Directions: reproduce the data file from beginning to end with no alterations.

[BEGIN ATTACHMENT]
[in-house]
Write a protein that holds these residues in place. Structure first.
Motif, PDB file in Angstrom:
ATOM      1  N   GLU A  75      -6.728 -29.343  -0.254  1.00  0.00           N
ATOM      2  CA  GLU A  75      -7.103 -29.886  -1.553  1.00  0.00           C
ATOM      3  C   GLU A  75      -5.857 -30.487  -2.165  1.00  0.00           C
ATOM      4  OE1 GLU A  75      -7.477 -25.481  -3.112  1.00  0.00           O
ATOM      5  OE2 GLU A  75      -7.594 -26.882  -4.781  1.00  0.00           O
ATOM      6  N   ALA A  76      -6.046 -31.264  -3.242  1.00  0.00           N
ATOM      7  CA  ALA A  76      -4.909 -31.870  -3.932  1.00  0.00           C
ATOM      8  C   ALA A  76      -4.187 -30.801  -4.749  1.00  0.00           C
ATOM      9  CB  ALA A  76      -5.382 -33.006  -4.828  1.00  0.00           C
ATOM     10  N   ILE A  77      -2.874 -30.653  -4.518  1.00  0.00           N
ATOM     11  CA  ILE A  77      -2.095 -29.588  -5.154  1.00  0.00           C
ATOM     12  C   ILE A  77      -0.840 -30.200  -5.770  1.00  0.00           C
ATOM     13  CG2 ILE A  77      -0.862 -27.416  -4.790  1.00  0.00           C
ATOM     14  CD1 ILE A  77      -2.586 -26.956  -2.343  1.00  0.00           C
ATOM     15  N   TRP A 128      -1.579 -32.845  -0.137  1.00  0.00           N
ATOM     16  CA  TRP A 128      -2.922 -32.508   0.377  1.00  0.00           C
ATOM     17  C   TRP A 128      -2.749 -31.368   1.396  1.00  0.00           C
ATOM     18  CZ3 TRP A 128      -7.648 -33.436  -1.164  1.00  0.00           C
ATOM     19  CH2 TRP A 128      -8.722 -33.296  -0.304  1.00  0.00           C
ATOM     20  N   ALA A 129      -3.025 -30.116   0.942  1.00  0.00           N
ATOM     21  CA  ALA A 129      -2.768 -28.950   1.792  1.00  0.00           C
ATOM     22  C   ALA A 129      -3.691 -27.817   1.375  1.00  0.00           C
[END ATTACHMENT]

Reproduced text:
[in-house]
Write a protein that holds these residues in place. Structure first.
Motif, PDB file in Angstrom:
ATOM      1  N   GLU A  75      -6.728 -29.343  -0.254  1.00  0.00           N
ATOM      2  CA  GLU A  75      -7.103 -29.886  -1.553  1.00  0.00           C
ATOM      3  C   GLU A  75      -5.857 -30.487  -2.165  1.00  0.00           C
ATOM      4  OE1 GLU A  75      -7.477 -25.481  -3.112  1.00  0.00           O
ATOM      5  OE2 GLU A  75      -7.594 -26.882  -4.781  1.00  0.00           O
ATOM      6  N   ALA A  76      -6.046 -31.264  -3.242  1.00  0.00           N
ATOM      7  CA  ALA A  76      -4.909 -31.870  -3.932  1.00  0.00           C
ATOM      8  C   ALA A  76      -4.187 -30.801  -4.749  1.00  0.00           C
ATOM      9  CB  ALA A  76      -5.382 -33.006  -4.828  1.00  0.00           C
ATOM     10  N   ILE A  77      -2.874 -30.653  -4.518  1.00  0.00           N
ATOM     11  CA  ILE A  77      -2.095 -29.588  -5.154  1.00  0.00           C
ATOM     12  C   ILE A  77      -0.840 -30.200  -5.770  1.00  0.00           C
ATOM     13  CG2 ILE A  77      -0.862 -27.416  -4.790  1.00  0.00           C
ATOM     14  CD1 ILE A  77      -2.586 -26.956  -2.343  1.00  0.00           C
ATOM     15  N   TRP A 128      -1.579 -32.845  -0.137  1.00  0.00           N
ATOM     16  CA  TRP A 128      -2.922 -32.508   0.377  1.00  0.00           C
ATOM     17  C   TRP A 128      -2.749 -31.368   1.396  1.00  0.00           C
ATOM     18  CZ3 TRP A 128      -7.648 -33.436  -1.164  1.00  0.00           C
ATOM     19  CH2 TRP A 128      -8.722 -33.296  -0.304  1.00  0.00           C
ATOM     20  N   ALA A 129      -3.025 -30.116   0.942  1.00  0.00           N
ATOM     21  CA  ALA A 129      -2.768 -28.950   1.792  1.00  0.00           C
ATOM     22  C   ALA A 129      -3.691 -27.817   1.375  1.00  0.00           C